A Senate panel fight over whether carbon dioxide should be included in a plan to limit pollutants emitted by U.S. utilities threatened on Wednesday to derail a Bush administration push for a bill this year.
WASHINGTON A Senate panel fight over whether carbon dioxide should be included in a plan to limit pollutants emitted by U.S. utilities threatened on Wednesday to derail a Bush administration push for a bill this year.
A senior administration official defended the "Clear Skies" proposal at a hearing before the Senate Environment and Public Works Committee, which faces a 9-9 split when it votes on a utility air pollution bill on Feb. 16.
Republican Sen. Lincoln Chafee of Rhode Island is expected to vote with panel Democrats against the bill because it lacks measures to cut emissions of carbon dioxide, which has been linked with global warming.
Some Republican members of the panel have threatened to abandon the proposal if the deadlock remained over the bill written by James Inhofe of Oklahoma, chairman of the committee, which closely mirrors the administration proposal.
Faced with passing a carbon-free bill or Inhofe's, "I would recommend we do nothing," said Democrat Joseph Lieberman of Connecticut. Lieberman made previous attempts with Republican Sen. John McCain of Arizona to pass mandatory carbon caps.
The United States is the world's biggest emitter of heat-trapping gases such as carbon dioxide, which many scientists blame for a gradual warming of the earth's climate. The Bush administration refused in 2001 to participate in the United Nations-backed Kyoto Treaty to rein in greenhouse gas emissions, saying it was too costly.
Inhofe's bill is designed to reduce three major pollutants spewed by coal-burning power plants by 70 percent by 2018. It would use a cap-and-trade system allowing utilities to buy and sell permits to emit sulfur dioxide, nitrogen oxides and mercury but would not include any cuts in carbon dioxide emissions.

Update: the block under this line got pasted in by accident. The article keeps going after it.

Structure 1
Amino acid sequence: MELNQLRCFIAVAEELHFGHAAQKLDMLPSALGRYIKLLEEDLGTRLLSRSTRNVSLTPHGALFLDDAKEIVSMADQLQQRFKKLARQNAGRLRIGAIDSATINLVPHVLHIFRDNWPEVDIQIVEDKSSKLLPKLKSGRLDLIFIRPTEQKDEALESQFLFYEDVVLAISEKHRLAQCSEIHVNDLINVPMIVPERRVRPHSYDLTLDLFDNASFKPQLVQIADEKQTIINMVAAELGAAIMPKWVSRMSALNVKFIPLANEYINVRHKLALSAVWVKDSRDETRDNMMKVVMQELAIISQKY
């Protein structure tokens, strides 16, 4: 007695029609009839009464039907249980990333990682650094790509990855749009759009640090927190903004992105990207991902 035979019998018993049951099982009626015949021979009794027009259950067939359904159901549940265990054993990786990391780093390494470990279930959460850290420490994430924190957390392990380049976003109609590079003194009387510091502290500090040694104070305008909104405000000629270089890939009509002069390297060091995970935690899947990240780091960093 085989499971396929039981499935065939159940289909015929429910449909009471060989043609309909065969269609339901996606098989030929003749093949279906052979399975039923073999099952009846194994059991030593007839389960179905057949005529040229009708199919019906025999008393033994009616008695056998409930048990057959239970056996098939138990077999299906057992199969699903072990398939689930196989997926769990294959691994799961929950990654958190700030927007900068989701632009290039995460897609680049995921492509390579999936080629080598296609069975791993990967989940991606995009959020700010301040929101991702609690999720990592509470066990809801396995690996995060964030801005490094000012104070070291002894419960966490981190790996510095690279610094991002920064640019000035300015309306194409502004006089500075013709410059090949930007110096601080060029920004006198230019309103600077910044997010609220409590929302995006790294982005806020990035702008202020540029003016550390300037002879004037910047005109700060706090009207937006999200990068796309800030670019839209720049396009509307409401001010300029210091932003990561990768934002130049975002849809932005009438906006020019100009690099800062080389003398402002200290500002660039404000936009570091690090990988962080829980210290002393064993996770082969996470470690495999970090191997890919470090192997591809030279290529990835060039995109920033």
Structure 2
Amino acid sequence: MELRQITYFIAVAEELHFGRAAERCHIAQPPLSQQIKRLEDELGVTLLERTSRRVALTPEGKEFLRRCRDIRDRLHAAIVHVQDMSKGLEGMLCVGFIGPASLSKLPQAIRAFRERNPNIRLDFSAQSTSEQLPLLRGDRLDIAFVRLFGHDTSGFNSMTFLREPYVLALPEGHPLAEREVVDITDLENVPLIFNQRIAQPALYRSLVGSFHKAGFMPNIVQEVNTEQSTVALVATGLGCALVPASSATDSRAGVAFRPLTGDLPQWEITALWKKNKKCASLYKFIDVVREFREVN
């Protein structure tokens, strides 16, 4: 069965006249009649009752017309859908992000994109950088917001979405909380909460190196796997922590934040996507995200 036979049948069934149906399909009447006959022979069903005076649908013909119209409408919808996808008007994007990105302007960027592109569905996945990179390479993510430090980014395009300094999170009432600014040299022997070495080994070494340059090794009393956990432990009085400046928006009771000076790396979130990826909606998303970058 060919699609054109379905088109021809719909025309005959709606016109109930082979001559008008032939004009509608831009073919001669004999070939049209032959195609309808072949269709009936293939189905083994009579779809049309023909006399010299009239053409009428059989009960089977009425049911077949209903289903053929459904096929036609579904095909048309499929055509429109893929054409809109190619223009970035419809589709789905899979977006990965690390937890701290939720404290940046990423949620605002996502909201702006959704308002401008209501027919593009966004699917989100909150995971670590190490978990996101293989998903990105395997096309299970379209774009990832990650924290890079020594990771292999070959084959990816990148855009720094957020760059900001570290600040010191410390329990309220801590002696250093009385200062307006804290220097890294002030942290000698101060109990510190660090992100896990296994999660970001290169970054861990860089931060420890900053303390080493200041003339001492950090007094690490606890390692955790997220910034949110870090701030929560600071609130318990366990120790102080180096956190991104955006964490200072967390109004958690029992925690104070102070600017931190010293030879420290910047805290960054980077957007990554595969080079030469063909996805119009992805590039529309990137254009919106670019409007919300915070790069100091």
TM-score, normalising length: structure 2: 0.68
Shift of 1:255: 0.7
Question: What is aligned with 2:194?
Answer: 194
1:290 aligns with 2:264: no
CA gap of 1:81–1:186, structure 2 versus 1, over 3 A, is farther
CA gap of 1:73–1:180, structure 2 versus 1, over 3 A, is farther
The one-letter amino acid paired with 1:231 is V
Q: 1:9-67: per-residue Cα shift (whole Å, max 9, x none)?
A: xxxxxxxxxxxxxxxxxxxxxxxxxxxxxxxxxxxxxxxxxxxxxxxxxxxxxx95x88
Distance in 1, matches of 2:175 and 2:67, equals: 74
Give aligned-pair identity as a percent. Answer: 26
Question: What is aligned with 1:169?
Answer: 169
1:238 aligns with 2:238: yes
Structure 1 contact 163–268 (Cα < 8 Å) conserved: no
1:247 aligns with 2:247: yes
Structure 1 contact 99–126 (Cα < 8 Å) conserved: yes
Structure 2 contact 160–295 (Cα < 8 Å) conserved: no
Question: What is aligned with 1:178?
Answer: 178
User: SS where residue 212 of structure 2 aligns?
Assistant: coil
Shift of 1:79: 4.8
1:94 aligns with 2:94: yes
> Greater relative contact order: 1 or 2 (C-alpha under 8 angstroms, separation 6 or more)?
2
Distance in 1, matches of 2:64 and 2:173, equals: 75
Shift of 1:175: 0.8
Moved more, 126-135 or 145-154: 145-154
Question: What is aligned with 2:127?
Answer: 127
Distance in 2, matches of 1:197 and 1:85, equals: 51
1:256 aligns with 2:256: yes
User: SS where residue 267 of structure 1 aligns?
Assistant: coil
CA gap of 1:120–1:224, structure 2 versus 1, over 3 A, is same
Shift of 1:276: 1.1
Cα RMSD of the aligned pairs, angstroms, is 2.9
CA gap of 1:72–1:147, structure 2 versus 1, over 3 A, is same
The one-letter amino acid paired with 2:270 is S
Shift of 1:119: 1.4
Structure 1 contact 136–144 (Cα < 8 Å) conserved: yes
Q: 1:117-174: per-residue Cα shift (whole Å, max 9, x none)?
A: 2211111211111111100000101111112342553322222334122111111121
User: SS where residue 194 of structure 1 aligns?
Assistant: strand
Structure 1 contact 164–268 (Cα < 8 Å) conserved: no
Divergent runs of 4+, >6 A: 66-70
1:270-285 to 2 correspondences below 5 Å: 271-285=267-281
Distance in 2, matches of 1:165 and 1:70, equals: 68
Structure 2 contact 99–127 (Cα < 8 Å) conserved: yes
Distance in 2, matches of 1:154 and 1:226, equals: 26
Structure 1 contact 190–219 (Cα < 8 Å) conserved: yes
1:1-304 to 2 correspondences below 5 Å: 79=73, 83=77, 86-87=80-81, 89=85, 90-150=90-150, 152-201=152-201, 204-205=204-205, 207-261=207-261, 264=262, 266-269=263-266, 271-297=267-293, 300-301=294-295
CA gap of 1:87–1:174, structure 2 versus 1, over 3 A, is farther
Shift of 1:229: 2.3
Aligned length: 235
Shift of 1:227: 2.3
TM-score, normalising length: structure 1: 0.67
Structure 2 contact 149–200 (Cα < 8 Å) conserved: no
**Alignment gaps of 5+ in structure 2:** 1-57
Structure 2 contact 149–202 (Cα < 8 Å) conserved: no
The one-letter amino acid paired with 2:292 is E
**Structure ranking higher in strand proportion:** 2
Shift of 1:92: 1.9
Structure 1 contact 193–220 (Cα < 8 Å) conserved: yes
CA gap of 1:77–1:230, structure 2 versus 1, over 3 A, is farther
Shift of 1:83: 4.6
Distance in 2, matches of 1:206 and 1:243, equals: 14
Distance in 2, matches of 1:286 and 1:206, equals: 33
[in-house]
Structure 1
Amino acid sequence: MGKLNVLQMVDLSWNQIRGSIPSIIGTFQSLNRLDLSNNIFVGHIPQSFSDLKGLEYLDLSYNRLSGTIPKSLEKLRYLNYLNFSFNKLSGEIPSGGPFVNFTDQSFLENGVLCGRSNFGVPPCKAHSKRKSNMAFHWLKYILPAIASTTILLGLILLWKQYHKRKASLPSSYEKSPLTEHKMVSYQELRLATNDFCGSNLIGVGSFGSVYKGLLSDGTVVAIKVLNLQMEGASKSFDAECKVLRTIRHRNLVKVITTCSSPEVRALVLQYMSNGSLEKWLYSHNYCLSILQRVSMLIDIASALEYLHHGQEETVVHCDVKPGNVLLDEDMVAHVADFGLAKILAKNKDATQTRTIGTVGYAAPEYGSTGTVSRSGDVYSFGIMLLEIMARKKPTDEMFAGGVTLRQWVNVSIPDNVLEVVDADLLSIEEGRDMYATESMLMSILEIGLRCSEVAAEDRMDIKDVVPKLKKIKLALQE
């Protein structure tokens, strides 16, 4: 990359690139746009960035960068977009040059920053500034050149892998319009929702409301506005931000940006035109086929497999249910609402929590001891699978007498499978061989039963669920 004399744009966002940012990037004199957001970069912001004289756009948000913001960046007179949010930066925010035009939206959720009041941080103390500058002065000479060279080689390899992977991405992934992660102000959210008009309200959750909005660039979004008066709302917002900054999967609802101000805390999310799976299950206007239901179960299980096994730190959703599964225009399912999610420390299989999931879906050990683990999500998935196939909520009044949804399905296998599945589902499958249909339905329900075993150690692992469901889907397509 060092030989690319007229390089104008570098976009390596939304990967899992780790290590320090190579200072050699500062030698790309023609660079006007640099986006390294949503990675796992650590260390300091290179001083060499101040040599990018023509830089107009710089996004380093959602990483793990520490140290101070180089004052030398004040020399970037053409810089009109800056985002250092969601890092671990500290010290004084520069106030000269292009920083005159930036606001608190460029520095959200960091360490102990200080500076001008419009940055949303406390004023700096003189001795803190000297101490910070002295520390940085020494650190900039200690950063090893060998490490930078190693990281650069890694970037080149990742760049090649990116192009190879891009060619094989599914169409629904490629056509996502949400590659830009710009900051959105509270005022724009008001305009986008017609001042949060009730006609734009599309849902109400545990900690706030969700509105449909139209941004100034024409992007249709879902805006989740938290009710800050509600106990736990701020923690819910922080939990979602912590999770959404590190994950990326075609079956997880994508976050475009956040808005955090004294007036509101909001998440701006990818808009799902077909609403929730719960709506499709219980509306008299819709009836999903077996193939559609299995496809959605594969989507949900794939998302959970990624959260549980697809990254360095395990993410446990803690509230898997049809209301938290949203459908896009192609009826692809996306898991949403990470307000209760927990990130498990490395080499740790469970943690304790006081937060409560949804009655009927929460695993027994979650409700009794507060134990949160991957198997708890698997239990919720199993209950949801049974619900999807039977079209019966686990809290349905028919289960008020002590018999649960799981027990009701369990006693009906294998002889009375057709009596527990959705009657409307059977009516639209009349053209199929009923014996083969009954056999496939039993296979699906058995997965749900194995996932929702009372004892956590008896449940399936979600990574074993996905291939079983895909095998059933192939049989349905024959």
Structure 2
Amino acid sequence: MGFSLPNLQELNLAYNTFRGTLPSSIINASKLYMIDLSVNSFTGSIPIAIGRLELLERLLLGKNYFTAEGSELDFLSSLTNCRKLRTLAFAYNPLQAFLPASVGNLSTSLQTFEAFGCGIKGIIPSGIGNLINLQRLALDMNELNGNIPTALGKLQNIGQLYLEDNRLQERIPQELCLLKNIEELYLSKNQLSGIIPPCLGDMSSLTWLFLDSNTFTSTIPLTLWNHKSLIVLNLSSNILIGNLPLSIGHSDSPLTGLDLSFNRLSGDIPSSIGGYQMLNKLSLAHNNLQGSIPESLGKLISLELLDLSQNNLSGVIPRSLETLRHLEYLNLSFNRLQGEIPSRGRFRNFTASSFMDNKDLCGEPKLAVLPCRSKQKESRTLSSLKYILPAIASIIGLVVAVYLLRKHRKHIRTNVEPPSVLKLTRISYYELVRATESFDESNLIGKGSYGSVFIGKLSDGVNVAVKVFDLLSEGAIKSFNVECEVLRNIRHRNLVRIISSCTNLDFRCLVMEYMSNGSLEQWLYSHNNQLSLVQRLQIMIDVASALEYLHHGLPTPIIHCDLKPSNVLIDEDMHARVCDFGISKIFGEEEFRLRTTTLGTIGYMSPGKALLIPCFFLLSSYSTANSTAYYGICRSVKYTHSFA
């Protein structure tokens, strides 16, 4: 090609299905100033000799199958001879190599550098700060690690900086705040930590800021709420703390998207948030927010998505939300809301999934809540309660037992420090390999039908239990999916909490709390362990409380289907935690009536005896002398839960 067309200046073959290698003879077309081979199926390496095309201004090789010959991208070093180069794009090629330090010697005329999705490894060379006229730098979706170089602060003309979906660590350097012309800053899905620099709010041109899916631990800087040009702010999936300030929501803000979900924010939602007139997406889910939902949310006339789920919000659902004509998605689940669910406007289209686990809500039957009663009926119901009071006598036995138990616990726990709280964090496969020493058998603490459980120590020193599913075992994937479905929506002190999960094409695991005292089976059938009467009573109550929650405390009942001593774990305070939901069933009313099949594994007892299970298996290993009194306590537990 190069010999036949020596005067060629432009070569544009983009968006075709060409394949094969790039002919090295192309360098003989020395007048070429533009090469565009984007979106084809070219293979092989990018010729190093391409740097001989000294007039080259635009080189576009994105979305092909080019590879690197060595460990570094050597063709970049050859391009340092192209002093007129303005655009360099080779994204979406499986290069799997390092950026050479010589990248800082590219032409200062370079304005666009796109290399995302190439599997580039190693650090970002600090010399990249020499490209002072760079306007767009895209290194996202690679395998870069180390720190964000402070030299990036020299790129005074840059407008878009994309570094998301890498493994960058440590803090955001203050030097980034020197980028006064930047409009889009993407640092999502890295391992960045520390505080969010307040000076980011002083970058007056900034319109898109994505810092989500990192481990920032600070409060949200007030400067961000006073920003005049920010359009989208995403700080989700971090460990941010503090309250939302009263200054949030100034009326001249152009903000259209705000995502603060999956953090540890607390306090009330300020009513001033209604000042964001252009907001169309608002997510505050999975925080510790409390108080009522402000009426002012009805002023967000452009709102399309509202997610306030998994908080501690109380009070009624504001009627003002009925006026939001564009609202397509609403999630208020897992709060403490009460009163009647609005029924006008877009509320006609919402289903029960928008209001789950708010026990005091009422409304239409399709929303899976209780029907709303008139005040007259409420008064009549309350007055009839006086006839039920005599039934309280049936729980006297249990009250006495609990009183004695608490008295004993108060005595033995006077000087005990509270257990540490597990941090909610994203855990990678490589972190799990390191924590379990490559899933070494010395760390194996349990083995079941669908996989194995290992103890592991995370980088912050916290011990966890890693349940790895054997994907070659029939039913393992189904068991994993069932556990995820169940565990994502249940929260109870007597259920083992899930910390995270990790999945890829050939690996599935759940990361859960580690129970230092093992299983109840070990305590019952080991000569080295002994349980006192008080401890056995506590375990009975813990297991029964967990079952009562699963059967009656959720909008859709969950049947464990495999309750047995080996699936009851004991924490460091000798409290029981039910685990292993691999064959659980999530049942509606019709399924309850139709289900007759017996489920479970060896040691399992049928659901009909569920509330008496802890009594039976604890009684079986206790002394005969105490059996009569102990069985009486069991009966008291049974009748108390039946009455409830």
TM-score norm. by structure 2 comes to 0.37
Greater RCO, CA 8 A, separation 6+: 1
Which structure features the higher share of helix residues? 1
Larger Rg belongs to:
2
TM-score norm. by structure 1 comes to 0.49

"Carbon mandates cannot pass the Senate," Inhofe said at the panel hearing, pointing to numerous failed attempts in recent years to move legislation.
Democrats and Independent Sen. James Jeffords of Vermont say the bill as written gives utilities too much time and not enough protection for public health under the Clean Air Act, which has been in force since the early 1990s.
Inhofe's bill is "the biggest rollback of the act ever presented to this committee," Jeffords said.
With the panel deadlocked on whether to approve the bill, Inhofe could use a Senate rule to bypass the committee and call a full Senate vote as a last resort, an Inhofe aide said.
James Connaughton, chairman of the White House Council on Environmental Quality and the administration's front-man on air issues, touted the plan as a health advancement that would prevent asthma and respiratory diseases linked to emissions.
U.S. utilities would spend $52 billion to install pollution-reduction equipment, reducing emissions at 1,300 U.S. coal plants and removing 9 million tons per year of pollutants when the plan was fully enacted, Connaughton said.
The legislation would also provide rules that are less likely to be mired in lengthy legal challenges, he said.
John Walke, an attorney with the Natural Resources Defense Council, said Inhofe's bill "turns its back on the public and embraces polluters." The legislation would delay some reductions until after 2025 because of "safety valve" features in the bill, Walke said.